Spatial targeting of malaria for control and elimination

Bousema Teun

Teun Bousema and Robert Sauerwein recently published new insights in the epidemiology ofPlasmodium falciparummalaria in top journal PLoS Medicine. Heterogeneity is a common facet of many infectious diseases, whereby infection and disease are concentrated in a small proportion of individuals rather than distributed evenly across the population. In malaria this is a manifested as small groups of households, or hotspots, within malaria endemic communities that are at a substantially increased risk of malaria transmission compared to surrounding households. These hotspots exist in all transmission settings, though are less easily detected at high transmission. The importance for malaria control and elimination lies in the fact that hotspots maintain transmission in low transmission seasons representing the source of infection to the general community when vector densities increase. Targeting hotspots is already part of later stage elimination programmes but Bousema and Sauerwein argue that this may have wider utility at higher transmission levels. Mathematical models are used to support their arguments and to guide the choice of effective interventions.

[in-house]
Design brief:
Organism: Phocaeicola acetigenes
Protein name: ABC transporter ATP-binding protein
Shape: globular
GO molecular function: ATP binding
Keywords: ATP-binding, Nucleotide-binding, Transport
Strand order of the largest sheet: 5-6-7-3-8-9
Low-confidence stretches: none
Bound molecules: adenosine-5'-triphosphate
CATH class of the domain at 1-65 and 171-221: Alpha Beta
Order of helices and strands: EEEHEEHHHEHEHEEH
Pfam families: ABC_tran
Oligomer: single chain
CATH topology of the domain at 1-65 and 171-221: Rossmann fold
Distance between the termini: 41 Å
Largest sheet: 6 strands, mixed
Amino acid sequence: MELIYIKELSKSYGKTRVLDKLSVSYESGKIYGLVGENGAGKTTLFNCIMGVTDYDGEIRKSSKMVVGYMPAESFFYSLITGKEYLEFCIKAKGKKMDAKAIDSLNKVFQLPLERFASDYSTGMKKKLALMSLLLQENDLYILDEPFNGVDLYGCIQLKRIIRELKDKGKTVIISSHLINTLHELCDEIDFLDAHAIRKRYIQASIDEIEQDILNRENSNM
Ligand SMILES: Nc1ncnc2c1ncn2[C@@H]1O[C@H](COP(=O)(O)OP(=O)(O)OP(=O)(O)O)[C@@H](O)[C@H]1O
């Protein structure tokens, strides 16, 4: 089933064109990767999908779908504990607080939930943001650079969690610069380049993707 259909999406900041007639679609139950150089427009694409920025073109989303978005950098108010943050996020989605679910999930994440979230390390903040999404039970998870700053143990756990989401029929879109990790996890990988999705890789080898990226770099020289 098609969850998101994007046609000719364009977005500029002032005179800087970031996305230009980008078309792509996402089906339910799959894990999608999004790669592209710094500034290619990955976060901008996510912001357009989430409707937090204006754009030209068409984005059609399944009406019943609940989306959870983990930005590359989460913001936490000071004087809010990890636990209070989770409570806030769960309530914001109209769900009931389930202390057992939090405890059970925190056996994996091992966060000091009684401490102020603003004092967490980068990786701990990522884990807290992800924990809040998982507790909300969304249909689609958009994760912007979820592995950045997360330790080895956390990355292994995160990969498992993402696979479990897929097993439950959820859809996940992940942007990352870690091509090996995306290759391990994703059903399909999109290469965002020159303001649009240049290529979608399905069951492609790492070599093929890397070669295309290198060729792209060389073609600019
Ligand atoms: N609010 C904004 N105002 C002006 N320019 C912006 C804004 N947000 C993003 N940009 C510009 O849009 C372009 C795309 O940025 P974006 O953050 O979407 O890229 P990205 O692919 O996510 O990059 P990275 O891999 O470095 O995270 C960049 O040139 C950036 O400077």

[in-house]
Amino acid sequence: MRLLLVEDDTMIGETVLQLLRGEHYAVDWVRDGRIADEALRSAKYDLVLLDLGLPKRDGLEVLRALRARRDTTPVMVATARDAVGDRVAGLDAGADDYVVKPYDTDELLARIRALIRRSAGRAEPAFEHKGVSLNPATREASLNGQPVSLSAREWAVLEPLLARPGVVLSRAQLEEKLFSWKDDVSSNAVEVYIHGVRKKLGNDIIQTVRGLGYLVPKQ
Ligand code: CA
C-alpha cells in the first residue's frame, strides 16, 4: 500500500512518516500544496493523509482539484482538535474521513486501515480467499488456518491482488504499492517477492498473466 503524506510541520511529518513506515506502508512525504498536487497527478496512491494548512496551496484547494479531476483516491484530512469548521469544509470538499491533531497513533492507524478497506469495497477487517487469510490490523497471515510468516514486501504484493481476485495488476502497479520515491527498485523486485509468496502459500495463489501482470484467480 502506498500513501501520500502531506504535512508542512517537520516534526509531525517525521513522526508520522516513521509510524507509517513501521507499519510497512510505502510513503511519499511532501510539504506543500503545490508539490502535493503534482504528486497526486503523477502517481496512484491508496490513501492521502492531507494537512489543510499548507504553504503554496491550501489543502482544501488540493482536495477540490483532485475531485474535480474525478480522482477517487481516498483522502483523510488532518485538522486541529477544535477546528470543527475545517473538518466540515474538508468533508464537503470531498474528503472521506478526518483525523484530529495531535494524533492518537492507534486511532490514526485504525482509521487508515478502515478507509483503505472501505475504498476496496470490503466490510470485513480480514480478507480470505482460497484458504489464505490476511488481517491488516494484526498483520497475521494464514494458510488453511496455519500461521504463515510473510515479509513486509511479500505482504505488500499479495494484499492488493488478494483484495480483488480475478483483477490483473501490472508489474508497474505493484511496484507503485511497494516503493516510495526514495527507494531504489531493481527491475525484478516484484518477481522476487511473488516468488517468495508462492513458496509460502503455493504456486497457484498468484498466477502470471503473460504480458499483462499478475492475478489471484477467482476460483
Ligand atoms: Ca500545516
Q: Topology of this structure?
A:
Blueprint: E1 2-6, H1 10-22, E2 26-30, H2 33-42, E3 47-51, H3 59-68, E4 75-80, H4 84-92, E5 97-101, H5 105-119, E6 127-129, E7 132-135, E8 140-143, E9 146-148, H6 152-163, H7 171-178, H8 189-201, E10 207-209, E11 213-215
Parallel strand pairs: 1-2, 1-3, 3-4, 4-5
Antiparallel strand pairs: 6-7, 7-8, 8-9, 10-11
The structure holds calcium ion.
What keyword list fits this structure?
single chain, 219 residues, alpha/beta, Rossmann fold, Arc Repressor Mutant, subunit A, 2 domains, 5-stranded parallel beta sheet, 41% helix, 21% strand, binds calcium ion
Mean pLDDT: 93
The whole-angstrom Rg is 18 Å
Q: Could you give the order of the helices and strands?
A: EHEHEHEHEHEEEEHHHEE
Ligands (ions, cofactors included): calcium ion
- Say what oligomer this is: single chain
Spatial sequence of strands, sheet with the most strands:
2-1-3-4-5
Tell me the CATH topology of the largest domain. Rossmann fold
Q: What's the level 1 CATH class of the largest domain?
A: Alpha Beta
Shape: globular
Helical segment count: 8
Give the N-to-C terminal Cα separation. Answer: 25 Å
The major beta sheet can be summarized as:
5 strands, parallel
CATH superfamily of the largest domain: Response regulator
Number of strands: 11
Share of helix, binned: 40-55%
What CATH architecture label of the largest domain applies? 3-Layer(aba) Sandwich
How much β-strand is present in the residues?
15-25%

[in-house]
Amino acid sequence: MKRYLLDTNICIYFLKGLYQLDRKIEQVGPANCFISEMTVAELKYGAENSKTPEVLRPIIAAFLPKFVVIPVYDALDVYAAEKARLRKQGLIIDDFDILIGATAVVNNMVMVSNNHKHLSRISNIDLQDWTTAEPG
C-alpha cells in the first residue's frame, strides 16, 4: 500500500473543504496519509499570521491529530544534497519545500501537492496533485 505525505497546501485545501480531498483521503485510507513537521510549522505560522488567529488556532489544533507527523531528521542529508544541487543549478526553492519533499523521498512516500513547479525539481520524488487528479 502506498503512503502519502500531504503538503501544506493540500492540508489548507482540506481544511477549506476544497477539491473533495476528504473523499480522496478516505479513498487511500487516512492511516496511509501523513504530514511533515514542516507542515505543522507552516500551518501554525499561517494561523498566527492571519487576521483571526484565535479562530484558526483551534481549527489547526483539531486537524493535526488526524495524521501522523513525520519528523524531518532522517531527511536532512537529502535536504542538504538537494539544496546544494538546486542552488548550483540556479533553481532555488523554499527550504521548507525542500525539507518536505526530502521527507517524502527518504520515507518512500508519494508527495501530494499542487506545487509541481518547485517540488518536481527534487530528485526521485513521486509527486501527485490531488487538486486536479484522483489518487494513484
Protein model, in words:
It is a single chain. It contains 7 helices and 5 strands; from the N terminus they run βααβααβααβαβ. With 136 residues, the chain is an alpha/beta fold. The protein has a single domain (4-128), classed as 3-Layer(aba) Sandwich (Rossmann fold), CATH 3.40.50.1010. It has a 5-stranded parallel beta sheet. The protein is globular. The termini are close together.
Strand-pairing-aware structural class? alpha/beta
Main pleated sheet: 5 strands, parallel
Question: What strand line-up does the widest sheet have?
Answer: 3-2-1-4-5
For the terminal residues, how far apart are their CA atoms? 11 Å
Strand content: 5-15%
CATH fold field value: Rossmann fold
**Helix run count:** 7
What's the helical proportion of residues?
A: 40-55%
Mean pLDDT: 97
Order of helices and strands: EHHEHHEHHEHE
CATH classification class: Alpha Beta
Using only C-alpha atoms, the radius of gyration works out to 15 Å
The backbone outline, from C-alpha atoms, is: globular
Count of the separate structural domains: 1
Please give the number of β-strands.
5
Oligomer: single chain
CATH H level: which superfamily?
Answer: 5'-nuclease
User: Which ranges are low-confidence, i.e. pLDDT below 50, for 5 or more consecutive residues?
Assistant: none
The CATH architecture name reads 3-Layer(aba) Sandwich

Bousema T, Griffin JT, Sauerwein RW, Smith DL, Churcher TS, Takken W, Ghani A, Drakeley C, Gosling R. Hitting hotspots: spatial targeting of malaria for control and elimination. PLoS Medicine 2012; 9:e1001165.


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